when I fly a kite

"When I fly a kite, I feel like a kite."  So said little Finn, when he was begging to go outside on a windy windy day and fly his kite. We've had many such windy windy days lately, and he's right about feeling like a kite. I got to hold his for a while when he wanted to slide, and holding this swooping, darting piece of paper, the line taut with all the power of the wind, I felt powerful and strong, as if I was the one dancing high above the ground.  It made me think of Mary Oliver's line about floating a little above this difficult world (from The Ponds, and it's worth reading the whole thing) and I thought about how I want that for Finn, and for Willa. I want them mostly to not be afraid of the muck and mud, to get into the nitty gritty of reality and disappointment and hard things, but also to have ways to soar above it, dazzled by beauty and love and grace. How well this season of Lent embodies this, sliding, as we do, from mud season into spring, from desolation to resurrection.
We've learned that the only way to have any sort of an outdoors life here is to wholeheartedly embrace mud. So we've assembled wardrobes for it, bearing in mind that old saying "there's no bad weather, only bad clothing," and we get out in it as often as we can, stomping, playing, running, sliding, falling down, and occasionally, even soaring.  


HK Alphabet :: V

V :: Victoria Park
(photo by mikeleeorg)

August 3, 2008: Matt and I, our five month old baby, and 5 large suitcases got off a 14-hr flight and rode a shuttle to L'Hotel (pronounced locally "el-hotel"), where the school put us up for a week while we found housing. Right in the heart of Tin Hau, a neighborhood we came to love and later live in, on the edge of Causeway Bay, a bustling shopping and nightlife district, and across the street from Victoria Park, a sprawling oasis, this hotel was perfectly situated to aquaint us with our new home. But we didn't know that then. It felt sort of dirty to us, and commercial--not at all residential or peaceful. (What, you might well ask, did we expect in Hong Kong? Good question.)
And the park. As much as we enjoyed watching people play basketball and tennis all day and night from 20 stories up, the park's strangeness struck us most forcibly. So much concrete! So much landscaping! So little grass! We walked across the park in search of dinner that first night, both of us quiet, neither one wanting to admit that we couldn't imagine what we had been thinking, how we had made this colossal mistake. Until we did admit it, and found relief and laughter in the common question.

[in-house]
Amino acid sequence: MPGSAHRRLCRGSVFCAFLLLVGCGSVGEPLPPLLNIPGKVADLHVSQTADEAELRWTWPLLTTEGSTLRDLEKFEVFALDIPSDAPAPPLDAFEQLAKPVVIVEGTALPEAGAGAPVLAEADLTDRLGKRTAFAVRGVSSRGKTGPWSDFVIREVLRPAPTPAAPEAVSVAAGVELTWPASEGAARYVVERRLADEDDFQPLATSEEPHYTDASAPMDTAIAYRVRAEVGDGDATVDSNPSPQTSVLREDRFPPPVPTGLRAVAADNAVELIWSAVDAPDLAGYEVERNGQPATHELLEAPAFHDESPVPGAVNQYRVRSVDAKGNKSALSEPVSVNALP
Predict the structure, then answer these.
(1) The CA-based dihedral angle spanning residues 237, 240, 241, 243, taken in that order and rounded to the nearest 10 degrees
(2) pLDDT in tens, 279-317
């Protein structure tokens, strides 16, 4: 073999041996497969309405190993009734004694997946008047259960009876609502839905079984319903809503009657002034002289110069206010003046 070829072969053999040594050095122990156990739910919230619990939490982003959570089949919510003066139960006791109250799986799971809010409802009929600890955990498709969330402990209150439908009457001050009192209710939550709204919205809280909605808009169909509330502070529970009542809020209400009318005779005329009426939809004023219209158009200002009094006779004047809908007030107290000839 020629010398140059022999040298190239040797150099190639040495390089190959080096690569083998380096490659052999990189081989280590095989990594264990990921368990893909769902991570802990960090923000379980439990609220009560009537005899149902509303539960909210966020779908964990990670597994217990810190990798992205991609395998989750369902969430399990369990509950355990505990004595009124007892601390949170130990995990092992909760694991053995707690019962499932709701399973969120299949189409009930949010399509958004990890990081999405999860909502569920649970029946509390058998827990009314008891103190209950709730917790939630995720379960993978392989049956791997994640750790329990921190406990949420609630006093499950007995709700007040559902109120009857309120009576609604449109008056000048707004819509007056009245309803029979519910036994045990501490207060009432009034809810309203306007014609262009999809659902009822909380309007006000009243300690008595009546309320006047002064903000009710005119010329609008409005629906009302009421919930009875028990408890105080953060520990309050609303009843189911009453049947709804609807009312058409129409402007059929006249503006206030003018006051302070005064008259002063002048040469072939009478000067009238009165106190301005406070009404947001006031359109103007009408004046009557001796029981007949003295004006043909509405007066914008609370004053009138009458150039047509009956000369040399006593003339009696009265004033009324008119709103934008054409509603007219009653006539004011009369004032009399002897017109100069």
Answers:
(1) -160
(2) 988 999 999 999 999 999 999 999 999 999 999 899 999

And then, slowly, things began to change. The park became familiar, and eventually a refuge. The playgrounds there are where Finn learned to climb, to swing, to run and to ride his bike. We made friends there, became part of a crew of kids and helpers who came at the same time.
We discovered the lone patch of grass in Hong Kong and took Finn there for soccer and frisbee, and we found rogue bits of dirt for Finn to play in, notwithstanding the disapproving looks and even reprimands from the old Chinese ladies. I ran around the jogging track in the evenings, and I admired the old people doing their tai chi. We found the motor boat pool, we saw Venus Williams warming up before a tournament, we went to flower markets and moon festivals and June fourth celebrations there. And we learned to love Sunday afternoons.

Sundays, you see, are when domestic helpers get a day off. But without a place of their own to gather in, they descend in large numbers on Hong Kong's parks, gathering with friends, sharing meals, passing the time. Victoria Park was a destination primarily for the Indonesian helper community, and the grounds--concrete walking paths, playground, soccer courts, grassy field--were literally covered with plastic tarps and women. Women lounging, sleeping, playing cards, playing guitar, singing, chatting, fighting, sharing their food, reading. Groups of Muslim women would kneel and chant, Christian women would sing and preach. Rebel-types would practice hip hop dance moves (which Finn loved and tried to imitate, much to our embarrassment and their amusement.) Most of the women were physically affectionate with each other, as is normal in their culture, but there were some with stereotypically "butch" haricuts, masculine clothes and foul mouths that seemed to particularly luxuriate in Sunday's freedoms. Some young women carried around large, beautiful dolls, that they dressed and groomed much as I did as a child.

I'm writing this now from Ohio, and we have a few nice little parks we visit, all with playgrounds, and some with walking paths, lakes, or basketball hoops. None of them, however, come close to having the sort of life and vitality of Victoria Park, a vitality unique to urban parks, I suppose. It was a vitality that often saved me as a new mom in a new city, offering contact with people, no matter how anonymous, when that is what I most needed.